Gianni Schicchi was perfectly amusing. Racette's "O mio babbino caro" had some shrillness, and Saimir Pirgu (Rinuccio) strained at the top of his voice. Stephanie Blythe was actually very funny as Zita, as was the rest of Buoso's family. There were only a few issues with timing. Alessandro Corbelli was hilarious as Gianni Schicchi, he is a fine actor, and his voice, though lacking weight, is perfectly suitable for this role.
The production, directed by Jack O'Brien, with sets from Douglas W. Schmidt, is the quintessence of the Metropolitan Opera style. Everything was simply a literal recreation of historical scenes, Il Tabarro was Paris in 1927, Suor Angelica Tuscany in 1938, and Gianni Schicchi 1959's Florence. Of course, this is breathtaking in its lavishness. The Seine looked like it had been brought to New York, there was a donkey that was lead across the convent courtyard, and when the set sank to reveal Lauretta and Rinuccio on the roof, it was difficult not to applaud.
* Tattling *
The usual watch alarms rang at the hour, most distractingly in Suor Angelica. The audience clapped for every set. There was some talking, and vehement hushing as well.
* Notes *
Il Trittico opened at San Francisco Opera last night with Patricia Racette singing all three of the major soprano roles. The production, directed by James Robinson, is clean and simple. Allen Moyer's sets are unostentatious, the three are not tied together in an obvious way, yet still look like they match each other. Patrick Summers had the orchestra sounding both tasteful and even. The Alders were out in full force and did very well. Tamara Wapinsky, David Lomelí, Daveda Karanas, Leah Crocetto, Heidi Melton, Daniela Mack, Austin Kness, and Kenneth Kellogg all sang at one point or another.
Brandon Jovanovich sang beautifully in Il Tabarro as Luigi. He was overwhelmed by the orchestra at one point, but perhaps because he was simply too far upstage. In her San Francisco Opera debut, Ewa Podleś was arresting as the Princess in Suor Angelica. Her voice has an incredible richness and resonance. Paolo Gavanelli was menacing in Il Tabarro and darkly hilarious in the title role of Gianni Schicchi. He too sounded wonderful, embodying the parts perfectly. Patricia Racette managed her roles of Giorgetta, Suor Angelica, and Lauretta competently. She definitely looked different as each. Racette's vibrato can be unpleasant and her singing a bit labored. However, she does convey various emotions through her voice with an intense clarity.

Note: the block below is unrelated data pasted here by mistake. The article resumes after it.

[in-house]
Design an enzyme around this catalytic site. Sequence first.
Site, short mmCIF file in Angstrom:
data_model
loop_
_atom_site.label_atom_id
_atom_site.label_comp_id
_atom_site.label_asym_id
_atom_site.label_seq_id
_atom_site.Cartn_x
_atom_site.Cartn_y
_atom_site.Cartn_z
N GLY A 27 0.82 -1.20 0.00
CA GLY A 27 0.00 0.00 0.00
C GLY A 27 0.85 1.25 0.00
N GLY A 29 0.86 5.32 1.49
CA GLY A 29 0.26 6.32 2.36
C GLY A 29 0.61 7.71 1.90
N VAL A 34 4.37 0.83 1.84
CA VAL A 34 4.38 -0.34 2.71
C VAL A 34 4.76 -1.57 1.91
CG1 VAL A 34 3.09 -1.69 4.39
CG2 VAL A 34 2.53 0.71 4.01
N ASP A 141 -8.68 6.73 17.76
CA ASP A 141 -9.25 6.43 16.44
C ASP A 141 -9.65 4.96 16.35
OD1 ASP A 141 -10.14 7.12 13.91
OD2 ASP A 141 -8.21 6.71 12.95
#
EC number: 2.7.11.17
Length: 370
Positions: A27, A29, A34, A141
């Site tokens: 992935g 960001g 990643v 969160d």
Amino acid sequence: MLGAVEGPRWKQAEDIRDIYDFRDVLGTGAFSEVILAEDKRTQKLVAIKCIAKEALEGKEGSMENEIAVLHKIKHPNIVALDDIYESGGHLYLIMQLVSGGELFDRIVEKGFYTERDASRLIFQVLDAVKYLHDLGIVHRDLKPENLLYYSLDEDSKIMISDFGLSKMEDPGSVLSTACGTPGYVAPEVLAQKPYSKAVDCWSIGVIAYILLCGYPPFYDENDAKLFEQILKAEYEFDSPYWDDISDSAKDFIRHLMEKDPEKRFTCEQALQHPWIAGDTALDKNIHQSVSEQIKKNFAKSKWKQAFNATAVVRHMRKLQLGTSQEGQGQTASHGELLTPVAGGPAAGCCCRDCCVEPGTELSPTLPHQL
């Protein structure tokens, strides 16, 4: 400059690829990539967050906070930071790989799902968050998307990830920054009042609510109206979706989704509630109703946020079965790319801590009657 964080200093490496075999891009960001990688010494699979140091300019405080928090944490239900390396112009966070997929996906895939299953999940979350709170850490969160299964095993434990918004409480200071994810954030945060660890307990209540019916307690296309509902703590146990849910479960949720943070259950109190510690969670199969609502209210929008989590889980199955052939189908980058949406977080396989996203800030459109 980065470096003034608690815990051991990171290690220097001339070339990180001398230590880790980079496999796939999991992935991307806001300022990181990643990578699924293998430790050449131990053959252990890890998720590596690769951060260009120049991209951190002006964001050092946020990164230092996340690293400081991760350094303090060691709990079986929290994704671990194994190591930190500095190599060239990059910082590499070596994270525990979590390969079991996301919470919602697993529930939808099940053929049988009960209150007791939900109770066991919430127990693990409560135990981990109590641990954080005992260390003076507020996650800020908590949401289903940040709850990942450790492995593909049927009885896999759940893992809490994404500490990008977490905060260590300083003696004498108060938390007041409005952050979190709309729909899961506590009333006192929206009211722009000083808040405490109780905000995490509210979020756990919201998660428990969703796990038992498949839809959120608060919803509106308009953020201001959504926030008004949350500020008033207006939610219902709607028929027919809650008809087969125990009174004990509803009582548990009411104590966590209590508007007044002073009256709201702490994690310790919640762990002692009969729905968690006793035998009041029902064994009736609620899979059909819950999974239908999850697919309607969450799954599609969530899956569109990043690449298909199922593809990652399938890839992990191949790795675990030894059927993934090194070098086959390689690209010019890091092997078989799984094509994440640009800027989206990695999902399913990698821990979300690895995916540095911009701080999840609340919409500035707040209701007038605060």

* Tattling *
We were very kindly given premium orchestra seats from the chorus director. The audience around us was well-behaved, very little talking and only a few electronic noises were heard.
One could not help but notice that some of the program notes were written by a certain degenerate blogger.
* Notes *
A revival of Madama Butterfly closes San Diego Opera's 2009 season. Musically, the opening last night was very strong. Edoardo Müller roused a vigorous performance from the orchestra, the tempi were never sluggish, but never overly taxing either. The chorus was together and created a straightforwardly lucid sound.
The principals were also quite even. Tenor Joseph Hu had just the right amount of simpering and unctuousness to suit the role of Goro. Suzanna Guzmán rushed in her vocal entrance as Suzuki, but was impressively ferocious later on. Malcolm MacKenzie had warmth and heft in his sympathetic portrayal of Sharpless, but did not overwhelm Carlo Ventre as Pinkerton. Ventre is not exactly the brash embodiment of an American naval officer circa 1904, but he sang well. There was some constriction in his higher register, but his appealingly reedy voice did cut through the orchestration and even sparkled at times. His duet, with Patricia Racette in the title role, at the end of Act I was particularly lovely. Racette's performance was consistent, though she started off with much vibrato, is occasionally shrill. Her pianissimo can be sublime and her "Un bel dì" was magnificent.
On the other hand, Francesca Zambello's production, directed here by Garnett Bruce, was fairly incoherent. Often scenes were set in the American consulate, rather than the "casetta" of the libretto. Even with my poor Italian, it was surreal to hear text so at odds with the scenery. This was especially strange for the first scene of Act II, when Sharpless is dismissed by Butterfly, but it is she that has come to the consulate. However, there was never a dull moment and Michael Yeargan's airy set was attractive. Anita Yavich's costumes suited the production, the turquoise haori worn by Butterfly over her Western dress in Act II was rather eye-catching. In the end, Alan Burrett's lighting did unify the production, and the last scene is striking.
* Tattling *
At least 3 watch alarms were heard at 9pm, though no cellular phones rang. There was very little talking, and this was restricted to the instrumental segments.
The hall looked quite full, and there seemed to be a few issues at the box office, as far as tickets purchased online not showing up at will call.